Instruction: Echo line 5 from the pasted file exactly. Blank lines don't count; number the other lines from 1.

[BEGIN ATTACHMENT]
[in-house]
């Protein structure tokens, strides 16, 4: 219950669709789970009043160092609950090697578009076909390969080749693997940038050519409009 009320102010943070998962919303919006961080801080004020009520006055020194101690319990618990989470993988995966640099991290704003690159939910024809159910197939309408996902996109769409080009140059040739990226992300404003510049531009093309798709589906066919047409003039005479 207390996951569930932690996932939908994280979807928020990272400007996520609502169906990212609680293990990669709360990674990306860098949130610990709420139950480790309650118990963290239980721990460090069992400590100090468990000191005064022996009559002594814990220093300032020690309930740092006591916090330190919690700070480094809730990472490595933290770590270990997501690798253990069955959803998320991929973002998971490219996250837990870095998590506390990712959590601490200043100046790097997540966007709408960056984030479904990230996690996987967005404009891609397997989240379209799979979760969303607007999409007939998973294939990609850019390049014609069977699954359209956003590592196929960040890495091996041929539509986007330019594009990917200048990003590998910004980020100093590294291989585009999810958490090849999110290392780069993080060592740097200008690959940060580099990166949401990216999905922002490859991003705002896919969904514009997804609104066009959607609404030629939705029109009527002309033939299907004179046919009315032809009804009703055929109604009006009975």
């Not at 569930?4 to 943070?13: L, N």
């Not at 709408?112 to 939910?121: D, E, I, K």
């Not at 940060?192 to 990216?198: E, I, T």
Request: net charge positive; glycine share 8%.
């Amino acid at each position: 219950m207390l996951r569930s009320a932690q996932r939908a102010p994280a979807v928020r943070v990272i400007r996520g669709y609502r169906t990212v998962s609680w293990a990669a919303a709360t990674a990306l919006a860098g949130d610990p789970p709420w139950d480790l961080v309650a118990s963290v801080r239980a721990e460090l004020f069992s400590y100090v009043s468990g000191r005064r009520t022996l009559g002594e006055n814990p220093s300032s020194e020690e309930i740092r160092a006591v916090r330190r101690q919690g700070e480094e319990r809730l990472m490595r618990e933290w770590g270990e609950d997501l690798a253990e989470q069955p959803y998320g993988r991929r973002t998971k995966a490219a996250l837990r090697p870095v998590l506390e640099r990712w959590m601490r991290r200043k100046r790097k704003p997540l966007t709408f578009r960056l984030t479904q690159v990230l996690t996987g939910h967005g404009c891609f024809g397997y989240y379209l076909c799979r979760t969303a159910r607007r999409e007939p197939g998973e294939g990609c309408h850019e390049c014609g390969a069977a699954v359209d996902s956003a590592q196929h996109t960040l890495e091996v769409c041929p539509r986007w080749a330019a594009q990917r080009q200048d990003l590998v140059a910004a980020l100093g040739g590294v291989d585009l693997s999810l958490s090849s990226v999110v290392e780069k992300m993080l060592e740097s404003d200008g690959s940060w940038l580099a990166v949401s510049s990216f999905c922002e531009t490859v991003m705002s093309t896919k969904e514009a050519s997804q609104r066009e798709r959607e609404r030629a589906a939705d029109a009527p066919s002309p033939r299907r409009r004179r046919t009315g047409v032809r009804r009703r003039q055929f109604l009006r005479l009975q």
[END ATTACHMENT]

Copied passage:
């Not at 940060?192 to 990216?198: E, I, T």